These days, we could all use a lesson in empathy.
For most Americans, the fact that Donald Trump’s two Supreme Court nominees, Neil Gorsuch and Brett Kavanaugh, both graduated from Georgetown Prep—a private all-boys Catholic school in suburban Washington, DC—served as a surprising revelation about the smallness and insularity of our country’s ruling class. To those of us who attended a ritzy DC private school, however, Gorsuch’s and Kavanaugh’s shared alma mater came as a different kind of shock.
That a DC prep school would produce two Supreme Court justices wasn’t terribly remarkable. Frankly, it was almost to be expected—at least by our parents. But that, of all the DC private schools, Georgetown Prep would be the one to have two graduates on the highest court in the land was something few of us could fathom.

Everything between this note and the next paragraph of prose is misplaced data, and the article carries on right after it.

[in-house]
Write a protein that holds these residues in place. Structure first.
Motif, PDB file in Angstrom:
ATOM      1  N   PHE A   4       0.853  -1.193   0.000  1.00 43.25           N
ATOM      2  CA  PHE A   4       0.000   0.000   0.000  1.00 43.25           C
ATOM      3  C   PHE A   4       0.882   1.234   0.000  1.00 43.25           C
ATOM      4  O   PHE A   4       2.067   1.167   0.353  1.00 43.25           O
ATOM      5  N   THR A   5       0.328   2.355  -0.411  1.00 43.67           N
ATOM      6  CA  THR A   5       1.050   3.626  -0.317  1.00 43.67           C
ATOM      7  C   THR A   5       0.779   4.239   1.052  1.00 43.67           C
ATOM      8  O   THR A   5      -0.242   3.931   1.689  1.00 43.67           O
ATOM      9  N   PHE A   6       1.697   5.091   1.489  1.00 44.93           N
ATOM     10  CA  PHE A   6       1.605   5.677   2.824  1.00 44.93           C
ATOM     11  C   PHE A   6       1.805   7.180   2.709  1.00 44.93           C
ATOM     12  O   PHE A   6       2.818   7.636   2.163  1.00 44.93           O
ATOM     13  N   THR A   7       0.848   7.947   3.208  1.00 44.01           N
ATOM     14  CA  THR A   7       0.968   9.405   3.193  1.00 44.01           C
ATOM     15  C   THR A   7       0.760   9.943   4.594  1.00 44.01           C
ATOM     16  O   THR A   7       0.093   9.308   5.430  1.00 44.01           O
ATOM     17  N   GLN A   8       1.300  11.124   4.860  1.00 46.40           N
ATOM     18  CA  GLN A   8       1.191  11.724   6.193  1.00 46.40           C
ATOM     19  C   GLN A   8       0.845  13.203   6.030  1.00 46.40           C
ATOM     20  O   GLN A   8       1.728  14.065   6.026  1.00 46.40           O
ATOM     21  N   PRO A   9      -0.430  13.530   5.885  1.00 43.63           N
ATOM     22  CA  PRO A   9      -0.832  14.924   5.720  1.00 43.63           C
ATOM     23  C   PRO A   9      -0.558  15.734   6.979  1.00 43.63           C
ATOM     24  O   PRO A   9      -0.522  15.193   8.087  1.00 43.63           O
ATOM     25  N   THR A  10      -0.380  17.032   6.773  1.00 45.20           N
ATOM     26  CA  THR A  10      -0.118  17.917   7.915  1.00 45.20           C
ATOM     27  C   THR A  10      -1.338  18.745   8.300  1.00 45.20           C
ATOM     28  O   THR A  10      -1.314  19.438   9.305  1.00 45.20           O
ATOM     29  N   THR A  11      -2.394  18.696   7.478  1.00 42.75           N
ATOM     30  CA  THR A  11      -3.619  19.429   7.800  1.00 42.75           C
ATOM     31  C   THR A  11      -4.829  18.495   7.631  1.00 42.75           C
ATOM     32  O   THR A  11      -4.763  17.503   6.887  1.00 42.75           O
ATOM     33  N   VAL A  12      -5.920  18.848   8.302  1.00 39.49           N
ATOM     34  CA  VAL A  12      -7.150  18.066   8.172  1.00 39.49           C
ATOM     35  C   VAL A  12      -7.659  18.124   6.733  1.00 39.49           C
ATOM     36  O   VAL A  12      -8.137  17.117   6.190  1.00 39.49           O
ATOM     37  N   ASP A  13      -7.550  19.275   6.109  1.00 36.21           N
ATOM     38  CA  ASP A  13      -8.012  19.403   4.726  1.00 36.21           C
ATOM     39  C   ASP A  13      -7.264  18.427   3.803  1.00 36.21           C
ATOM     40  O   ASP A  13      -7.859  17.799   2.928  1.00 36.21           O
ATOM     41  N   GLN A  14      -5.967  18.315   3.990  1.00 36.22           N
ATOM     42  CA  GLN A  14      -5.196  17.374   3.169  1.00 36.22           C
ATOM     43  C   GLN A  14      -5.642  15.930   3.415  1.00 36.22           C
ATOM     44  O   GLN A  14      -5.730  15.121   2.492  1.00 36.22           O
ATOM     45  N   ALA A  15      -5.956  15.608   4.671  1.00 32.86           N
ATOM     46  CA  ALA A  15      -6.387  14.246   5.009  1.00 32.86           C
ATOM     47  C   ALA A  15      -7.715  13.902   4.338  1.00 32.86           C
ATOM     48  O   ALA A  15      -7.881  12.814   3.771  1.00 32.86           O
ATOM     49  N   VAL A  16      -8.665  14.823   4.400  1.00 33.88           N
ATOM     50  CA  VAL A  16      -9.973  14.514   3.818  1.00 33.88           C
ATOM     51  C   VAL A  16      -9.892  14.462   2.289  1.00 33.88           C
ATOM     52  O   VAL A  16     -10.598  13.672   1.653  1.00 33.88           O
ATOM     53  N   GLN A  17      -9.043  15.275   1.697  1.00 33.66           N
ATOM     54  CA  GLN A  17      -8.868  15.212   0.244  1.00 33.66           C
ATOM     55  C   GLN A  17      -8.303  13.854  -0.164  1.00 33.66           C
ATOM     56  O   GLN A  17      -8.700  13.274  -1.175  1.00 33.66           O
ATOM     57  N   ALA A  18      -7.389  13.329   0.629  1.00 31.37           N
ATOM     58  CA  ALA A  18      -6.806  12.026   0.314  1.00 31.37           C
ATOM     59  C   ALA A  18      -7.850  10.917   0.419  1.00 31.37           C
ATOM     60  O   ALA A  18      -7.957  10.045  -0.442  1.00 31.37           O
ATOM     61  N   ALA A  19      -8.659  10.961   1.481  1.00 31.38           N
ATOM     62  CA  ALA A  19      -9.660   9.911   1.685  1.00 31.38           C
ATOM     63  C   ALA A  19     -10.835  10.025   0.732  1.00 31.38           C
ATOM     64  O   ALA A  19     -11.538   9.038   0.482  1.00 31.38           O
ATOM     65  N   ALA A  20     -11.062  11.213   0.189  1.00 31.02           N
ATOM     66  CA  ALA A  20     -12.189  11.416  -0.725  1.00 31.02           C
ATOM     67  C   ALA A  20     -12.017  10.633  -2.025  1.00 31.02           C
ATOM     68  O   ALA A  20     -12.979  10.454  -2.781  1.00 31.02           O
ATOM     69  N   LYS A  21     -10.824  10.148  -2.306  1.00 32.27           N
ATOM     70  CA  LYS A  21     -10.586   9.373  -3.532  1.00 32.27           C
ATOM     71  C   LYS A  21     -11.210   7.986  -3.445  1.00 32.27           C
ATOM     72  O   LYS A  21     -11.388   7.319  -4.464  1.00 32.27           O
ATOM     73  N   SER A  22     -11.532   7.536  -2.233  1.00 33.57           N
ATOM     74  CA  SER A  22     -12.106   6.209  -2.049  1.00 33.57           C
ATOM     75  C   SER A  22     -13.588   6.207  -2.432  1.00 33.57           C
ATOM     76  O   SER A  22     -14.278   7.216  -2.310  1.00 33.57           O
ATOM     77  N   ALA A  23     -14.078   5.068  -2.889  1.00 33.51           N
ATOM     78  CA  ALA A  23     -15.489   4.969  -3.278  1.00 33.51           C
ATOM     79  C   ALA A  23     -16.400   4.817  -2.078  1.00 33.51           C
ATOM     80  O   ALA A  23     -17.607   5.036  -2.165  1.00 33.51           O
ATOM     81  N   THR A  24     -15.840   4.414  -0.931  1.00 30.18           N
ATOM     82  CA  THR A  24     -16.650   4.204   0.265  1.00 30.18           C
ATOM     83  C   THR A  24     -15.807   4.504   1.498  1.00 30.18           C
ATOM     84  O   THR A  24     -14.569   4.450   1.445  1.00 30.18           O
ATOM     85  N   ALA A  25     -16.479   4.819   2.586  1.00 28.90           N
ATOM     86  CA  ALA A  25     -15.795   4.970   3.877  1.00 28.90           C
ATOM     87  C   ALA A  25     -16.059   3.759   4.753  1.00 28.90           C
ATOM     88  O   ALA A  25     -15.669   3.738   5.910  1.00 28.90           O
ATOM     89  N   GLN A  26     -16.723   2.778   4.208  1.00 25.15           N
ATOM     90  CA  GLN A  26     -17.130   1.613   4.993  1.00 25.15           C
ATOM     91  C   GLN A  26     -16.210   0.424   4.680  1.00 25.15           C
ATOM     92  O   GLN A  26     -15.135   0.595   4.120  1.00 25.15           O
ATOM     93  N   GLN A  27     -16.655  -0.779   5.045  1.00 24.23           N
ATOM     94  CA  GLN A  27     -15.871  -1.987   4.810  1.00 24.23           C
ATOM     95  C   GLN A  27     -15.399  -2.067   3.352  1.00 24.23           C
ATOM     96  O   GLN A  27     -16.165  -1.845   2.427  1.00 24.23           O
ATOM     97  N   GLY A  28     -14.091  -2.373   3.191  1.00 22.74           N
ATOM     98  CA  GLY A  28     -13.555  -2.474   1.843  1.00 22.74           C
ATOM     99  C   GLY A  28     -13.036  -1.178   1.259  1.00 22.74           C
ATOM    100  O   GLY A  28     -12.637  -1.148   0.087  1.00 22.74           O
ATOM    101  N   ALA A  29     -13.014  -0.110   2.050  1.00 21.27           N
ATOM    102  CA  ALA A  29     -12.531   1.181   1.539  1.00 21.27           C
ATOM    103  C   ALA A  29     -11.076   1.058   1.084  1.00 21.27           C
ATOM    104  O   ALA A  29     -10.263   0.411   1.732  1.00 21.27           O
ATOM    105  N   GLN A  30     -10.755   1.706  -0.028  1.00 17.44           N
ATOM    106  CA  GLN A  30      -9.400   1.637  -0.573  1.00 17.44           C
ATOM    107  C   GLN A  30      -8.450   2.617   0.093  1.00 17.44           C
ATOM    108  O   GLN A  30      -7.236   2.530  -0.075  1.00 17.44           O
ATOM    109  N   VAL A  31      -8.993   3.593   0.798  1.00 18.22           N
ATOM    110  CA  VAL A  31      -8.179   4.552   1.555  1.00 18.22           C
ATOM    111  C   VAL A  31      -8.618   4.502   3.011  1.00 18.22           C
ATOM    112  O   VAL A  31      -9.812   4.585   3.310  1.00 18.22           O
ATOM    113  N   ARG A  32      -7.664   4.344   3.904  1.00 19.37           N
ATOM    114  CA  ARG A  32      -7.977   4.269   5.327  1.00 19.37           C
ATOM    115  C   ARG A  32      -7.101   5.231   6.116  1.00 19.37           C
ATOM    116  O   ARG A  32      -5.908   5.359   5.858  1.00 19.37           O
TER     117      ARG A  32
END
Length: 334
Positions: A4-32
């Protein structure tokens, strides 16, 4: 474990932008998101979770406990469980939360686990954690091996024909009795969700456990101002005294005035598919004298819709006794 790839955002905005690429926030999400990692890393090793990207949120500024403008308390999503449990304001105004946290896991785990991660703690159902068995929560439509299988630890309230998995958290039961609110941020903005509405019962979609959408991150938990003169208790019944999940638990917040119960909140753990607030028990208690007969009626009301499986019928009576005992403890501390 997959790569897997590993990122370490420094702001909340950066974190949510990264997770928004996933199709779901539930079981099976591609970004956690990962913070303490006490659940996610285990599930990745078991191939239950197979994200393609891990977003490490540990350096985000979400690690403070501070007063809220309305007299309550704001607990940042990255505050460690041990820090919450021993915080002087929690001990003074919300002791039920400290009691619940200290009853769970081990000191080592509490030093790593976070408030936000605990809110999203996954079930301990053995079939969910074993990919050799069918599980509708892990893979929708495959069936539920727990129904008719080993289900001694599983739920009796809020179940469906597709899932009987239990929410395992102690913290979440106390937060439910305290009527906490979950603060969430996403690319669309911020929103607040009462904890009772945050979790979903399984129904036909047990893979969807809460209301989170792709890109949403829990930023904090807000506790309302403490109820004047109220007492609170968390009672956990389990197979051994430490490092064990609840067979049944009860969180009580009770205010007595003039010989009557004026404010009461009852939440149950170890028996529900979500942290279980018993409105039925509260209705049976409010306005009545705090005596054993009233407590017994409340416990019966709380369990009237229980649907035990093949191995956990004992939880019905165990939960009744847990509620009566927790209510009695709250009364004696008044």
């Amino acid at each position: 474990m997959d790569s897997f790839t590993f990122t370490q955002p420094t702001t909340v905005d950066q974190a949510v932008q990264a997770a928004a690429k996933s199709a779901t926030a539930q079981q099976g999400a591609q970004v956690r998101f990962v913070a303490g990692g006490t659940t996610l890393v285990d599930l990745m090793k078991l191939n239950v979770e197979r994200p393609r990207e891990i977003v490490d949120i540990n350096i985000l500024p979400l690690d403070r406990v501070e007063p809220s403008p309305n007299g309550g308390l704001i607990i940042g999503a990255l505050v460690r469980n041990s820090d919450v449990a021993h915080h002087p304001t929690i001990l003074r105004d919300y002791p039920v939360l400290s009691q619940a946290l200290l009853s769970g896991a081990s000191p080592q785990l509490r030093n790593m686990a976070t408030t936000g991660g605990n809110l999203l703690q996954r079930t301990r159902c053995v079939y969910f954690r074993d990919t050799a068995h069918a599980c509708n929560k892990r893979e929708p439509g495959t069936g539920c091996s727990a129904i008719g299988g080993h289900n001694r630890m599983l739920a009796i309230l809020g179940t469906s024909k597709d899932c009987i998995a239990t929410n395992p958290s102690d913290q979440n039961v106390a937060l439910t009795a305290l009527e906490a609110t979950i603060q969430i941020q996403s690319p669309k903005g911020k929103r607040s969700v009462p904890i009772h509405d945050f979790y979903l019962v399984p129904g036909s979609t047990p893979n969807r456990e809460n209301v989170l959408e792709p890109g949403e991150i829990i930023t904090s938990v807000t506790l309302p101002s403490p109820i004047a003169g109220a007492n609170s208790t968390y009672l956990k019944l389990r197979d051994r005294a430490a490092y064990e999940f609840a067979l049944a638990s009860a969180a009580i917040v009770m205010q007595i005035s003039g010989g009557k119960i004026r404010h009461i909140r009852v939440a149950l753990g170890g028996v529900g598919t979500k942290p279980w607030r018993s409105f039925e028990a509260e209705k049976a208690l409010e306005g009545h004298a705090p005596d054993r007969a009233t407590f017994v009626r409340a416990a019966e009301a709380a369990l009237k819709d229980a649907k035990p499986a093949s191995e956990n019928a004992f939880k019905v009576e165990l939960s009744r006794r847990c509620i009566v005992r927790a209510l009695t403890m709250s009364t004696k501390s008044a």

Georgetown Prep is invariably described in national news stories as “elite,” and it is. From its founding in 1789 to its nearly $40,000 annual tuition to its nine-hole golf course, which doubles as the front lawn, Prep has all the trappings and accoutrements of an elite institution. But there are degrees of elite, and in the rarefied world of DC private education, Prep has long been viewed as a middling student at best, a problem child at worst—good on the football field, lousy in the classroom, wasted on the weekend.
If you wanted to find the DC private school most likely to be incubating future Supreme Court justices—and senators and even presidents— you’d start at St. Albans, the allboys Episcopal academy on the grounds of the National Cathedral, or its sister school, the National Cathedral School.
Or you might scope out the coed Quaker school Sidwell Friends, just a couple of blocks up Wisconsin Avenue from St. Albans and NCS, or the all girls school Holton-Arms in Bethesda, Maryland. You might even stop in at Georgetown Day School, which is sometimes confused with Georgetown Prep, at least by outsiders, but is in fact its polar opposite: It has female students and it doesn’t have a football team.
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December 2018 / January 2019